The Third Dimension is curated by Tim Marlow and is the second of the British Council Collection exhibitions at the newly restored Whitechapel Gallery in East London. The series of exhibitions forms part of the British Council's 75th Anniversary celebrations.
Of all the art forms in Britain, sculpture is widely regarded as the most inventive and innovative. Over the decades the pace with which it has evolved to incorporate new materials, new forms and new ideas has been unmatched. With this exhibition, Tim Marlow provides an opportunity to trace the key moments from the mid 20th century to today.
From coloured steel in works by Anthony Caro, to Barry Flanagan’s soft fabric, sculpture is seen in a state of perpetual revolution. Gilbert & George proclaimed themselves to be Living Sculptures and made photo-based work for publications called ‘Magazine Sculptures’. Richard Long removes constraints of scale simply by walking in the landscape, and bringing back the evidence in text and photographs. Tony Cragg, Bill Woodrow, and Richard Deacon - the New Sculptors - re-introduce the urban landscape by giving scrap and other scavenged street materials unexpected new life, the 20th century equivalent of metaphysical poetry. This growing confidence with the exploration of materials can also be seen in Rachel Whiteread’s monumental casts and Rebecca Warren’s works in unfired clay.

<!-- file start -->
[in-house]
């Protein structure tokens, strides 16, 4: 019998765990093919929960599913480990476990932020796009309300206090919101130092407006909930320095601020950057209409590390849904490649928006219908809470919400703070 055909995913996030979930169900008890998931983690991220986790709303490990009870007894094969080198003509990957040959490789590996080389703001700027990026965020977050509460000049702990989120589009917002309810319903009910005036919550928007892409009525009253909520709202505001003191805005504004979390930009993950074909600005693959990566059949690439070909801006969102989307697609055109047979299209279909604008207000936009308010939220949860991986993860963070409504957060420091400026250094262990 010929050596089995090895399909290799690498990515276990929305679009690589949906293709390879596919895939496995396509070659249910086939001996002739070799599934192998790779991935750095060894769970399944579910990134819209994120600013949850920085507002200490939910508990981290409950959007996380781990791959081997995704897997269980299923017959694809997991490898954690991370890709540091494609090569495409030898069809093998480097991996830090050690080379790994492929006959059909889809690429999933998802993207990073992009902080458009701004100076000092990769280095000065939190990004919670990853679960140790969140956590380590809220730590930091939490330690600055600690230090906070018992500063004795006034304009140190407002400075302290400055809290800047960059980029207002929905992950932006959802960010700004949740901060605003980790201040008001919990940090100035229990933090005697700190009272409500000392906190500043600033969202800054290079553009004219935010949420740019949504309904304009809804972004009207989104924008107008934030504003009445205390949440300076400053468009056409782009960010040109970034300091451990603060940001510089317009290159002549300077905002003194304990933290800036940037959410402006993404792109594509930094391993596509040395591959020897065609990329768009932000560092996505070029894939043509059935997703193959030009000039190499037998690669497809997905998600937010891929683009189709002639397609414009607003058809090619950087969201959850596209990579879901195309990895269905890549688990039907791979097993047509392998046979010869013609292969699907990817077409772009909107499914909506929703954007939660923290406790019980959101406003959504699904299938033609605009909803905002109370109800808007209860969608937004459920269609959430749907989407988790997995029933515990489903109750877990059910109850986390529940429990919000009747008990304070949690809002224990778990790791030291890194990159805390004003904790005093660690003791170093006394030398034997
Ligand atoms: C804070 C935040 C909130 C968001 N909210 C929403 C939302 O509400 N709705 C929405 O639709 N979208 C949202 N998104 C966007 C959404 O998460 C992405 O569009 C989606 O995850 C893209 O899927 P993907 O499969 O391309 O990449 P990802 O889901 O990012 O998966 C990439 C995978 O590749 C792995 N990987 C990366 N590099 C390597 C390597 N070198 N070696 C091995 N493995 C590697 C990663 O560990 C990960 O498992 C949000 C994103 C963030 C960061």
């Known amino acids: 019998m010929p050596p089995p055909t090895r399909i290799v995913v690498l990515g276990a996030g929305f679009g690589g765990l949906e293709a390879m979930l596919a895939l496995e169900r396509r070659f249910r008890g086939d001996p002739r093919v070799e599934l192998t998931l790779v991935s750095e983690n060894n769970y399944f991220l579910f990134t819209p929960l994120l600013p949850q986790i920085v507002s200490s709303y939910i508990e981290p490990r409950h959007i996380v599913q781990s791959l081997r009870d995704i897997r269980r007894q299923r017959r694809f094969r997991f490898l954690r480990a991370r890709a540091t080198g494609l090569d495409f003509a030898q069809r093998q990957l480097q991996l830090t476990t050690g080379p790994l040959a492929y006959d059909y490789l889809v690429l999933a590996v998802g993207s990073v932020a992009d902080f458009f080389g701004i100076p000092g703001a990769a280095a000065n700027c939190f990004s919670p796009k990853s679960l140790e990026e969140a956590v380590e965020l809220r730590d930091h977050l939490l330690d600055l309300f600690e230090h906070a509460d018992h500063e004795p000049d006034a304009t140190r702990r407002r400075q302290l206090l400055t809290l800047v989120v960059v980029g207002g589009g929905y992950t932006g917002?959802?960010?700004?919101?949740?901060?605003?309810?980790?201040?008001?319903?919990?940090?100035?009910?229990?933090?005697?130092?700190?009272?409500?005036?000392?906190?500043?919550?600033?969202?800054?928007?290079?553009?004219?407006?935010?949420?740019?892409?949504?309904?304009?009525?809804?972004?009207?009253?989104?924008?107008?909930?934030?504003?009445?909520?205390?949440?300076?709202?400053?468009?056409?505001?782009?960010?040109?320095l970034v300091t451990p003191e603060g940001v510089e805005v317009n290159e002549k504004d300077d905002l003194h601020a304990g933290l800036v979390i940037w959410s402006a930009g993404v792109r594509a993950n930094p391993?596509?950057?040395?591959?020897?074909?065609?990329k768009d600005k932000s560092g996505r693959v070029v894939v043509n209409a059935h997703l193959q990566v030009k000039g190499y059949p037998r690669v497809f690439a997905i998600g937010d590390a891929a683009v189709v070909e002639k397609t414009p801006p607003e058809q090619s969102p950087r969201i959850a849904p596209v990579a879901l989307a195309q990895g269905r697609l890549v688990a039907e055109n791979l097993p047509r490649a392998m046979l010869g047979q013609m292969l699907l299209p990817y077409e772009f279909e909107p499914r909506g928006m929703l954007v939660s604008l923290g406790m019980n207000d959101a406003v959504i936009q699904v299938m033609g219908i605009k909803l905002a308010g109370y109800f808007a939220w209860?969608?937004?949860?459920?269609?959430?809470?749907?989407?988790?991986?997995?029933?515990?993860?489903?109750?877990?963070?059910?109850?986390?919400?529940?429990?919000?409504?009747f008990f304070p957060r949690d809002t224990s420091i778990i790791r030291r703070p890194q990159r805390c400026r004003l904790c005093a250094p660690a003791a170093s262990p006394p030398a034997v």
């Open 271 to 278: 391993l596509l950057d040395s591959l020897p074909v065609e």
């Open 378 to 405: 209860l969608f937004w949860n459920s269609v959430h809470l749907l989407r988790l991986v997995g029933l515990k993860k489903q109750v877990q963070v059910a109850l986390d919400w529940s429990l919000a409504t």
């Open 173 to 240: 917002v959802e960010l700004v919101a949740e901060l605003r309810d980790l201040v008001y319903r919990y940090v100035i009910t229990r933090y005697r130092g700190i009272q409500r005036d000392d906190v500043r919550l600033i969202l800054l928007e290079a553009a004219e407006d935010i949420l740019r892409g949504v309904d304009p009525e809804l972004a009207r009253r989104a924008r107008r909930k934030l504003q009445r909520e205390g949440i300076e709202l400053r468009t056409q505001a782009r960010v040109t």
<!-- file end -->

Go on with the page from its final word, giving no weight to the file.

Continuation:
A series of publications will accompany the exhibitions, including British Council Collection: Passports selected by Michael Craig-Martin, which is available to purchase at the gallery bookstore or online at Cornerhouse.
Following on throughout 2009 and early 2010, two further guest curators will present displays drawn from the British Council Collection. The fifth and final exhibition will be the result of an international competition, which the British Council and the Whitechapel Gallery are organising to provide an opportunity for aspiring curators worldwide to select a display of works from its collection.
You can find out more about the Fifth Curator competition on the British Council Collection website.
The British Council is the UK's international organisation for cultural relations and educational opportunities.
Image right: Jim Lambie, Micro Dot, 2001, turntable, glitter and leather belts (left) and Let it Bleed, 2001, turntable, glitter and hair bands (right). Both - © The Artist
For further information, please contact Emma Williams Emma.Williams@britishcouncil.org
80-82 Whitechapel High Street London